My Photo


« Good Information = Easier Selling | Main | An Intention Experiment »

February 20, 2006


Feed You can follow this conversation by subscribing to the comment feed for this post.

Daryl Evans

the answer to "too many emails" is:

As long as the emails have value to the receiver then its not too many. As a manner of fact, its "not enough"

Shifting through information, the receiver is trying to learn something about marketing, contacting clients, build web pages, understanding why clients respond or don't respond.

Answer their questions and they will come

Jane Hendry

I agree that we should take risks and accept the fact that people are going to unsubscribe. I'm still at the stage where it "hurts" a bit when people unsubscribe - I wonder what I did "wrong". But so long as I'm getting more subscribers than unsubscribes, I guess everything should work out OK.

Some people do email too often (more than once a week or virtually every day). What I find is that I just start tuning them out - so it's a bit of a self-defeating strategy in the end. Also, I find I go in cycles of whose ezines I'm attracted to and whose I'm not. It really just depends on where I am at the time, and what my most pressing need is. If I'm writing copy, then I'll want to read everything on copywriting; when I'm doing marketing strategies, then I'll read all of the marketing ezines.

I wish I could send my ezine more often. About once a fortnight with perhaps another offer in between times might be good - but I just find it takes so long to prepare! I hope I'll speed up with practice and experience.

Alyson B. Stanfield

For the first time in a long time--and at your urging--I sent out a separate email announcement regarding an upcoming online class. (I usually just announce them as part of my weekly newsletter.)

The result? Five (5!) times the number of enrollees in the class. Granted, it's still not a huge number, but it increased dramatically. Yes, I got a number of unsubscribes (probably three or four), but I figure they probably wouldn't ever use my paid services anyway.


Pete Quily

Hi Robert, I agree with the person who emailed you. I like your actual content emails but you're sending out (or it feels like you are) so many sales pitch emails ie teleclasses, other pitches etc that I'm thinking of unsubscribing, or just putting you in the read if i have time folder instead of my inbox.

If you get one unsubscribe for every two subscribes, prehaps you extreme frequency of emails might contribute to that.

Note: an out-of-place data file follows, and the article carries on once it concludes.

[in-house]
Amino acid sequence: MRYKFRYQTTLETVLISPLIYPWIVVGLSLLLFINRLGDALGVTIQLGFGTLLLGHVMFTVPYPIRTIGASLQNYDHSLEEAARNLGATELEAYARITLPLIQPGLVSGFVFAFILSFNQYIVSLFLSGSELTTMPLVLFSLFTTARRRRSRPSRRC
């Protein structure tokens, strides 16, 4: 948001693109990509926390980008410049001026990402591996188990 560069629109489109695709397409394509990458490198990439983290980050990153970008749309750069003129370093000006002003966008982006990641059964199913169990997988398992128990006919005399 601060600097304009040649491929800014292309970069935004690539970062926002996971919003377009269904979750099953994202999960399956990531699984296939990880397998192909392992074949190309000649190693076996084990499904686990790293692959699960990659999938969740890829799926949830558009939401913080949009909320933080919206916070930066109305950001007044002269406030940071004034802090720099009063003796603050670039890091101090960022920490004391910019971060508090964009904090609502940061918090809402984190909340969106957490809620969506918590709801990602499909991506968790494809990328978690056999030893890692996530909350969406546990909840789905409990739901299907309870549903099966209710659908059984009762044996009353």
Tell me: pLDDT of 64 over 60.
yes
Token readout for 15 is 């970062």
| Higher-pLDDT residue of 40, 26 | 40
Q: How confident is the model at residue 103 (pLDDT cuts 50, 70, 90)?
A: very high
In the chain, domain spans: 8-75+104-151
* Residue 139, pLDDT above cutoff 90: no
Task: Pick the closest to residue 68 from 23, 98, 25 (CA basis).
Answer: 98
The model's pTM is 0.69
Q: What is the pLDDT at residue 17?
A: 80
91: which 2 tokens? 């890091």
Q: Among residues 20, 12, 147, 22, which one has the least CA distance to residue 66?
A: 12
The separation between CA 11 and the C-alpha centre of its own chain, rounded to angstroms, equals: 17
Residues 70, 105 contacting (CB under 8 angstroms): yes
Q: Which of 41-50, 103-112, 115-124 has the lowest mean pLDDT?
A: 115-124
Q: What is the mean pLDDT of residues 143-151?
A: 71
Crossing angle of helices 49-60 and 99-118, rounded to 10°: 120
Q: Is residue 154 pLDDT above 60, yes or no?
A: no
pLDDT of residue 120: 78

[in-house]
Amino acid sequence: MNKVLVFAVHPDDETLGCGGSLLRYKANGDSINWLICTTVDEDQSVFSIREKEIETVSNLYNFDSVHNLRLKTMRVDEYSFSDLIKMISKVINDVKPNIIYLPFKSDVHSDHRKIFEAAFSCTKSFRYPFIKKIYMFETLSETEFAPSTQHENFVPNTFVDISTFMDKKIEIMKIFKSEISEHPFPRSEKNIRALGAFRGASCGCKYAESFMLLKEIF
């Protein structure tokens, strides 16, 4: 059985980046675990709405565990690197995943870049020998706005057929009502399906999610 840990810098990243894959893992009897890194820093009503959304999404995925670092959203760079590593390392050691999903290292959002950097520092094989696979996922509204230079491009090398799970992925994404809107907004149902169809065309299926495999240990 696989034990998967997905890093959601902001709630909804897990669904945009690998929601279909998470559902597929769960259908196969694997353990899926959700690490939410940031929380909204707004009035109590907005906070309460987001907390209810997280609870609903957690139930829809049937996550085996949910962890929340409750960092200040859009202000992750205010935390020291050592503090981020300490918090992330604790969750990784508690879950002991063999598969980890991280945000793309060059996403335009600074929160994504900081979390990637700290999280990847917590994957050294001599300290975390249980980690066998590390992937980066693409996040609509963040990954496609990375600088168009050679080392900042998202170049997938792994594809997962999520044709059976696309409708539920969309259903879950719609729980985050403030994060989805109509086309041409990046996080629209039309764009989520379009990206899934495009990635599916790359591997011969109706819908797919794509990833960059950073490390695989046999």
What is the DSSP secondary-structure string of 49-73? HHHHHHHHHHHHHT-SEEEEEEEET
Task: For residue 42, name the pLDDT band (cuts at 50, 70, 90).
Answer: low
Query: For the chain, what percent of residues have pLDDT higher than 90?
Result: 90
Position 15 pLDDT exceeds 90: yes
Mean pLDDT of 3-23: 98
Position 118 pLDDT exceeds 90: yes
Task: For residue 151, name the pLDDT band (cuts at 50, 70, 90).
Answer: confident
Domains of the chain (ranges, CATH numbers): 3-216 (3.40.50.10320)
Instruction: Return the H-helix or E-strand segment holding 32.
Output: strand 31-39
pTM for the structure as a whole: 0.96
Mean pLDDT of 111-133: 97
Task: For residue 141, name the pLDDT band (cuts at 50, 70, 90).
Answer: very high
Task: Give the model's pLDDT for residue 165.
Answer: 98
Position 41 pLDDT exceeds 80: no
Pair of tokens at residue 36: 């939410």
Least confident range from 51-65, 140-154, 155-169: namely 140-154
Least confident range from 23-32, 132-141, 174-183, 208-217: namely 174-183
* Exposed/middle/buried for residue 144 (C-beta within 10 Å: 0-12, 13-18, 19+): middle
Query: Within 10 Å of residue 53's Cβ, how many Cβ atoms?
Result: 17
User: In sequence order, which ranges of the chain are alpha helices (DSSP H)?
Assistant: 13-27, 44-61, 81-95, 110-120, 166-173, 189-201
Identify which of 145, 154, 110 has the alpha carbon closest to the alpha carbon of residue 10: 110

Maybe if you did it less often you'd get a 1 to 3 or 1 to 5 ratio. That way you'd potentially sell more. Many of us have email coming at us from many sources and someone that seems to be overdoing it is likely the first to go.

Ilenya Marrin

As a newbie to internet marketing, I really appreciate your comments on needing to strike a balance -- to get plenty of valuable content to my customers without overwhelming them. My field is not marketing but creating personal peace and success through loving. Since I'm just learning internet marketing, I have hesitated to bombard my list and have felt quite a bit of confusion over what to send, when, and what to emphasize. (And then there are the techie considerations which I trip over regularly!) Your thoughtful and sensible remarks seem right on target and I will be checking back with you for more guidance.

I know that when I receive email from marketers whose work interests me, I don't have to read it all right away; I can file it for reference later. So it stands to reason that my emails would be viewed the same way. The readers have a choice. If I don't send emails, I'm not giving them a choice. If I do send a few more emails, I'm allowing them to choose back to my offers if they wish.

Thanks for giving me a fresh perspective on this!

John Gleeson

Hi Robert,

I agree too - We send an average of two emails a week to 3,000 HR and training professionals who buy our brokered training services. We get the occasional unsubscribe but usually when someone is leaving the role and often they give us the name of the new person. We have tripled our business in the past 12 months on the back of targetted e-mail. I agree that the test is if you are adding value you don't have a problem - if you are just spamming for orders then you will annoy your base and people will opt out.

Keep up the good work - how about a twice weekly newsletter?



Rich Brooks


Like you, I strongly recommend my clients add email marketing to their mix (along with search engine optimization and often blogs and even podcasting, depending on the client).

I usually recommend a monthly newsletter, although some clients only feel they have the time for a quarterly one. Personally, I think quarterly's come so infrequently that I've forgotten about the company or organization by the time the next one rolls around.

I'm not sure if everyone could do a weekly ezine like you do; often, they just don't have enough material. I'm regularly amazed at how many quality ezines you put out. Although not every issue speaks to me, they don't miss often enough that I would consider unsubscribing. (I'm sure you just breathed a sigh of relief, right?)